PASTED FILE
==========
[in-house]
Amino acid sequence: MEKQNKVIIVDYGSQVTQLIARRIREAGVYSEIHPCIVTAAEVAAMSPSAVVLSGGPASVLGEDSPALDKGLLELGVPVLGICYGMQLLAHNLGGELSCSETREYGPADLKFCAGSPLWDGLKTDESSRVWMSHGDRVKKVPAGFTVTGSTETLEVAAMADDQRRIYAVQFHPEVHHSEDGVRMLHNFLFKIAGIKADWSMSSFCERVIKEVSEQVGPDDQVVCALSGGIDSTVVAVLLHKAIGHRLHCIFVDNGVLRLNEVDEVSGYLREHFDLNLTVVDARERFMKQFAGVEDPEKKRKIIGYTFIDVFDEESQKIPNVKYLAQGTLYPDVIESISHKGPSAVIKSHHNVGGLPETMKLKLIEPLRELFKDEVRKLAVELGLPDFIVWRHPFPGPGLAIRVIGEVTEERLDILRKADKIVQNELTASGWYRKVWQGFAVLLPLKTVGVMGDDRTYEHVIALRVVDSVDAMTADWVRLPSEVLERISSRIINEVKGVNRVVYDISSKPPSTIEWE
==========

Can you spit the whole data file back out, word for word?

[in-house]
Amino acid sequence: MEKQNKVIIVDYGSQVTQLIARRIREAGVYSEIHPCIVTAAEVAAMSPSAVVLSGGPASVLGEDSPALDKGLLELGVPVLGICYGMQLLAHNLGGELSCSETREYGPADLKFCAGSPLWDGLKTDESSRVWMSHGDRVKKVPAGFTVTGSTETLEVAAMADDQRRIYAVQFHPEVHHSEDGVRMLHNFLFKIAGIKADWSMSSFCERVIKEVSEQVGPDDQVVCALSGGIDSTVVAVLLHKAIGHRLHCIFVDNGVLRLNEVDEVSGYLREHFDLNLTVVDARERFMKQFAGVEDPEKKRKIIGYTFIDVFDEESQKIPNVKYLAQGTLYPDVIESISHKGPSAVIKSHHNVGGLPETMKLKLIEPLRELFKDEVRKLAVELGLPDFIVWRHPFPGPGLAIRVIGEVTEERLDILRKADKIVQNELTASGWYRKVWQGFAVLLPLKTVGVMGDDRTYEHVIALRVVDSVDAMTADWVRLPSEVLERISSRIINEVKGVNRVVYDISSKPPSTIEWE